HR Mavericks

Eddy’s HR Mavericks Encyclopedia

Employee Poaching

Unlike poaching wildlife, employee poaching is generally legal, and is even considered ethical under certain circumstances. Continue reading to find out what employee poaching is and whether it might be useful to add to your recruiting methods.

What Is Employee Poaching?

Employee poaching is defined as recruiting talent from your competitors. It’s also referred to as lateral hiring, and can be a great way for your organization to acquire new talent. By understanding how to effectively persuade others to join your organization—and how to prevent your own employees from being poached—you can maintain a competitive advantage for your company.

Should Recruiters Engage in Employee Poaching?

If your company is deciding whether or not to engage in employee poaching, you need to understand the pros and cons to make an informed decision. While employee poaching allows your company to acquire talent with a proven track record, there are still several risks involved.

Pros of Employee Poaching

  • Lower training cost. By poaching employees who are already top performers in their field, you avoid the training costs your organization would have to spend otherwise. This means you can catch them up on the higher-level operational side of your organization more quickly.
  • Experience. A top performer may have just the experience your company needs to take your organization to the next level. By poaching an employee with the expertise necessary to perform a job, you can give your company an advantage over the competition.
  • Understand your weaknesses. If you are the company who has unfortunately been poached (which is certainly never a good feeling), then this may give you an opportunity to evaluate your current relationships with your employees and economic arrangements. By understanding what has caused an employee or employees to leave, you can respond to that and prevent future poaching to occur. Creating a plan in advance to prevent poaching from happening in the first place is the best approach.

Cons of Employee Poaching

  • Legal issues. Many companies have agreements with their employees that prevent them from disclosing trade secrets or working for competitors, such as non-compete or non-disclosure agreements. These agreements are violated if confidential information or intellectual property is shared with the new employer. If you decide to poach employees from other companies, you may find it beneficial to first check if they have non-compete agreements in place.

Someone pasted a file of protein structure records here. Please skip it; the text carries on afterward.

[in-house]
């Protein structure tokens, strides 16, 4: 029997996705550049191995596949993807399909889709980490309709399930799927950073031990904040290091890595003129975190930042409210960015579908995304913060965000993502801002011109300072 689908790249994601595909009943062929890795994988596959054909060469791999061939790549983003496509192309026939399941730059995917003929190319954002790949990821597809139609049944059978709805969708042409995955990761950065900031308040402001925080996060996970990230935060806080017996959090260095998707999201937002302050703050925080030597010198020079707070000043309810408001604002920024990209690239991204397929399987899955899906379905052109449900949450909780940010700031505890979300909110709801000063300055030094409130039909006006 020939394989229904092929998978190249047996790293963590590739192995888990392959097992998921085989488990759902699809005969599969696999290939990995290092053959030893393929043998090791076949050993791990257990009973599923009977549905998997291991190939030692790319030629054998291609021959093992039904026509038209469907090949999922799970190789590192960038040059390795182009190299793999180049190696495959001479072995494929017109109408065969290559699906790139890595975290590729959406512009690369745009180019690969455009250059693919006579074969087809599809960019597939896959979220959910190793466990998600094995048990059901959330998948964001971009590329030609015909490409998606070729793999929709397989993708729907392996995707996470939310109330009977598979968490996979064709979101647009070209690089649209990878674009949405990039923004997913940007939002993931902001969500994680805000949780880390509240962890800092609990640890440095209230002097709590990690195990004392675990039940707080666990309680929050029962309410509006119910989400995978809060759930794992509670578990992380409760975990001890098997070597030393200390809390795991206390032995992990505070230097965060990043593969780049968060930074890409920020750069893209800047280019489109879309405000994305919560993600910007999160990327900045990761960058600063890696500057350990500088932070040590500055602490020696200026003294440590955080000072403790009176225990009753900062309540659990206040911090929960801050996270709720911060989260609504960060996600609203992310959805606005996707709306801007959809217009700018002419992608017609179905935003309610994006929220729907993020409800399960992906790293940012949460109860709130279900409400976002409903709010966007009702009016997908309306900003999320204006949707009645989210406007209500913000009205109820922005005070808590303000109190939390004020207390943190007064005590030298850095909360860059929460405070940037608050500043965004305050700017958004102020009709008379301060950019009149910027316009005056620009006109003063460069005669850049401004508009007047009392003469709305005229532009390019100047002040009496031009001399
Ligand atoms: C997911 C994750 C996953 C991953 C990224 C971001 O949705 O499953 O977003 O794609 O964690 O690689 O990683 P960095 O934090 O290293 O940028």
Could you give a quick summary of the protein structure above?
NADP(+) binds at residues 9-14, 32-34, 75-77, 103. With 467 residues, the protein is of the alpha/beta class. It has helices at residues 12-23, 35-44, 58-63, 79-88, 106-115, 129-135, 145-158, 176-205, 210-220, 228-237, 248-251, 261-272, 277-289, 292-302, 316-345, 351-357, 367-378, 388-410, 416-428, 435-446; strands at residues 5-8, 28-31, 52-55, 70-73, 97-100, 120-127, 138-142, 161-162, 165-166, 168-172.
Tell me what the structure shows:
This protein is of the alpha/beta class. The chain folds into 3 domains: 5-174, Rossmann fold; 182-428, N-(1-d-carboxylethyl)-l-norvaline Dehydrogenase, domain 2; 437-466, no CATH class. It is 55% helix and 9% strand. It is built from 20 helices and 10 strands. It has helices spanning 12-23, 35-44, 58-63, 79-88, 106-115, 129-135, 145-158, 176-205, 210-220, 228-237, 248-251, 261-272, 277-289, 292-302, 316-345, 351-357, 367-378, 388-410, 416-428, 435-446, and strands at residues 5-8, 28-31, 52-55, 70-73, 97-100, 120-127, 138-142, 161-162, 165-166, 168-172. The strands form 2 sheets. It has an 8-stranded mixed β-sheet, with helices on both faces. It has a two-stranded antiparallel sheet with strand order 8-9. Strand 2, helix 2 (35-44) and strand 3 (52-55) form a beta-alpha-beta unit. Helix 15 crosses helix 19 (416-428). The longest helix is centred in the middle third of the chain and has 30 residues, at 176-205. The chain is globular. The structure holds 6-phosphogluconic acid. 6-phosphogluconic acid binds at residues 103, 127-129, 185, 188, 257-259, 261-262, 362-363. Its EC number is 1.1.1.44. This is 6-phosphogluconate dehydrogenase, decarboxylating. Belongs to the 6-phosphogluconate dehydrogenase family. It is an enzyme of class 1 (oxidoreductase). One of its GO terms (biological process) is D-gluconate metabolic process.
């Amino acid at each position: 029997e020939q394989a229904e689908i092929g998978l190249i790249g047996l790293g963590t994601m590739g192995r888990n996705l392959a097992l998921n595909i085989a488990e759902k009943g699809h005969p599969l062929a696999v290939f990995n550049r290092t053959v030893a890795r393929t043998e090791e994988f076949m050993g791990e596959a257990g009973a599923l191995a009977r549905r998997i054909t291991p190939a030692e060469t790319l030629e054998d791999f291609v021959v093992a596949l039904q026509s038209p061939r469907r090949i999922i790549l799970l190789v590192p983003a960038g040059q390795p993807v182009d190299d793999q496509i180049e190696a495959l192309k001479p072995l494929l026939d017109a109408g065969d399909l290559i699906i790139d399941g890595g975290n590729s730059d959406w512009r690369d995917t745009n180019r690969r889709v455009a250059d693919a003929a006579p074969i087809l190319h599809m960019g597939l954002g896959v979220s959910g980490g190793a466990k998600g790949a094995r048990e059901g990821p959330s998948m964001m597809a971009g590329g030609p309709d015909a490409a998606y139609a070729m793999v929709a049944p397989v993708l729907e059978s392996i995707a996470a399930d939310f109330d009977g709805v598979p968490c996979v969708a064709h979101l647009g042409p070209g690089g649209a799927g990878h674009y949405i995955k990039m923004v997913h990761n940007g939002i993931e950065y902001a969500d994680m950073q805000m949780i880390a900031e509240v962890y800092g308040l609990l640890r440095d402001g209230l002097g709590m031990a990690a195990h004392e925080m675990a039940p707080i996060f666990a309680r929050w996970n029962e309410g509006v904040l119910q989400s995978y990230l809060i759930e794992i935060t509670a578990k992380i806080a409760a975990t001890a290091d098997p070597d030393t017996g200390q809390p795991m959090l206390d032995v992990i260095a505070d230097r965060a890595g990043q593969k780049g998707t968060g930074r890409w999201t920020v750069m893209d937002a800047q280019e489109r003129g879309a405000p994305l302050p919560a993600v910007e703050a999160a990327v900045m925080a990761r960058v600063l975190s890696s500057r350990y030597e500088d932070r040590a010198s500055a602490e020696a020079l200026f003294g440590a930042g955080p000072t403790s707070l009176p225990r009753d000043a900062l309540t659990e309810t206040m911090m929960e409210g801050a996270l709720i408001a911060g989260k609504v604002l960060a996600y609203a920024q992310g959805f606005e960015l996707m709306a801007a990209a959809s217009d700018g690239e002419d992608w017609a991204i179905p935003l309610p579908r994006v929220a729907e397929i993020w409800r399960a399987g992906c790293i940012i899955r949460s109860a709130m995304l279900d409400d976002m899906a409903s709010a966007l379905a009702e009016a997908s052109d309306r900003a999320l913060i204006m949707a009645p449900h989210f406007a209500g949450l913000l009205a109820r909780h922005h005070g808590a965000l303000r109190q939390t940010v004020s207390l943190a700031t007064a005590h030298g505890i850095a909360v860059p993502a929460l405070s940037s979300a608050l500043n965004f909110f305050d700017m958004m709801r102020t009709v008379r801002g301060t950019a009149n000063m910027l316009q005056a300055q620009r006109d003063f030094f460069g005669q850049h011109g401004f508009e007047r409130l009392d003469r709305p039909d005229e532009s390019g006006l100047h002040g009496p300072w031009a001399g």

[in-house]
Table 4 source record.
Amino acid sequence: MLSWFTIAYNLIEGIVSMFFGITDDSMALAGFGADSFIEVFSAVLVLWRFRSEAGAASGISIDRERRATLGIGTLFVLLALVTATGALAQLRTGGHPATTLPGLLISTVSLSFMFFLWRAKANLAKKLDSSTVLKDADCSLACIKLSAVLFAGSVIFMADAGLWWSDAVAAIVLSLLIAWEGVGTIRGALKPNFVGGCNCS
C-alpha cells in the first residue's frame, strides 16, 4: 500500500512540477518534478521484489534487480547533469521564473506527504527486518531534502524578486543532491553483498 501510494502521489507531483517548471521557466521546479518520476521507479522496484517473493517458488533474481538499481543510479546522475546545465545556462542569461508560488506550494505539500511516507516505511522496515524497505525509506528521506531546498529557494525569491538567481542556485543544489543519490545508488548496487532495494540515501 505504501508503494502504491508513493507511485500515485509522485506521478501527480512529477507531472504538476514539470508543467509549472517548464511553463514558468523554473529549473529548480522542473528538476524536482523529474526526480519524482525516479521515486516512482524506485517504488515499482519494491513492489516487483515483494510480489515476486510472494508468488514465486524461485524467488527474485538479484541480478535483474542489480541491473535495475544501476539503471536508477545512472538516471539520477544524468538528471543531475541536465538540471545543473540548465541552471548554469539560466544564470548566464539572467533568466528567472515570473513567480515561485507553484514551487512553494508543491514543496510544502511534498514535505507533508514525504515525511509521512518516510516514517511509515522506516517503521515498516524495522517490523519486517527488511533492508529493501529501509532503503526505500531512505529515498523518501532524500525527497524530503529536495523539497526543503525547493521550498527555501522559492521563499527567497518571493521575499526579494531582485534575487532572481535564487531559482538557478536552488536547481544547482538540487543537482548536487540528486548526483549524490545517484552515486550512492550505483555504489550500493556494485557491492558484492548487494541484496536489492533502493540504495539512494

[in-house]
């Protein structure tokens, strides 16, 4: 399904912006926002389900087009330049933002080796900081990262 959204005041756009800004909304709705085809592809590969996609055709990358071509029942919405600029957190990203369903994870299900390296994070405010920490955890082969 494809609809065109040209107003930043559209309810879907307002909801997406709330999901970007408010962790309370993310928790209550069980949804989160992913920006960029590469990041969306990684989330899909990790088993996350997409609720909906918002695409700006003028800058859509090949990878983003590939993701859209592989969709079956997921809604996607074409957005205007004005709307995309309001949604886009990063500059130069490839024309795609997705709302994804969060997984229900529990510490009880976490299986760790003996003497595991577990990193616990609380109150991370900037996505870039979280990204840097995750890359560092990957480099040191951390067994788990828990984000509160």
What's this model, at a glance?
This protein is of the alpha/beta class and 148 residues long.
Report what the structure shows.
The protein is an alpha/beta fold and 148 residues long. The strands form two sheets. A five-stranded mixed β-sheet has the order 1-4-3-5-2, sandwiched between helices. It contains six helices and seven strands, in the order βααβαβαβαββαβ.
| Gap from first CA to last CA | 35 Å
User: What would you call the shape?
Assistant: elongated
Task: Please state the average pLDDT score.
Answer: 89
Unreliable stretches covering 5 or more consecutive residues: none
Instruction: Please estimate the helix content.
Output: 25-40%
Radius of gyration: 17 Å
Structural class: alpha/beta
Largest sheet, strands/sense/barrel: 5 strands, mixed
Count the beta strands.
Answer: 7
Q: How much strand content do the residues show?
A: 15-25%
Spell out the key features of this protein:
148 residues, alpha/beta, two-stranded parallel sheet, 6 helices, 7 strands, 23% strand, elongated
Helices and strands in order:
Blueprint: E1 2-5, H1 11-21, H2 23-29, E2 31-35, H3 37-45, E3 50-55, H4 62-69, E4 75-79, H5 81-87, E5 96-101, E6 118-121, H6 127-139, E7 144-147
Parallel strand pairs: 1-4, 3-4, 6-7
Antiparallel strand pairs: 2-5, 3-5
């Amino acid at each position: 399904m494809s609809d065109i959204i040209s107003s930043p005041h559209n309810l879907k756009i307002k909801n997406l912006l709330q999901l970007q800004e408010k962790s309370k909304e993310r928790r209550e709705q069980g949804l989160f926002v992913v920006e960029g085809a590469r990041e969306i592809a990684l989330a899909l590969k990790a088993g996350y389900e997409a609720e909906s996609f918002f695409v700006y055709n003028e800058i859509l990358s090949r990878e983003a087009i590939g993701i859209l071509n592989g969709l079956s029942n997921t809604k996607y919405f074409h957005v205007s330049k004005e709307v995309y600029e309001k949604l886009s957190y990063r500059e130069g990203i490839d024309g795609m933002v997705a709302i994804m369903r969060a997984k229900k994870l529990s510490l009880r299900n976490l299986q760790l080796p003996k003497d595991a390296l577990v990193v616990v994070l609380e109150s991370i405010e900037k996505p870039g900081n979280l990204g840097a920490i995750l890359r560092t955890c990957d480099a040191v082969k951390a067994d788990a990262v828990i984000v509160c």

• Ethical issues. While the act of poaching is considered ethical, if you are specifically targeting the top-performing employees of another company with malicious intent, this would be considered unethical. For example, if you poach a member of management and they end up taking the whole team with them, this could damage the operations of your competition. It could also end up damaging your company’s reputation.
  • History repeats itself. Once you’ve poached an employee, there is a risk that they may choose to leave your company for a different one. They’ve already proved that they are willing to do just that. There is also no guarantee that the new employee will fit in well with your culture. Cultural fit could be the reason they decide to jump ship again for another company. This can also have an effect on other employees in your organization and could lower morale.

Tips to Prevent Your Employees From Being Poached

Understanding how to retain your top performers and high-potential employees is extremely important. Your employees are literally a click away from other organizations trying to poach them. Even though you can’t prevent other companies from trying to poach your employees (anti-poaching agreements are generally considered illegal in the United States), you can still take measures to retain your talent by following the tips below.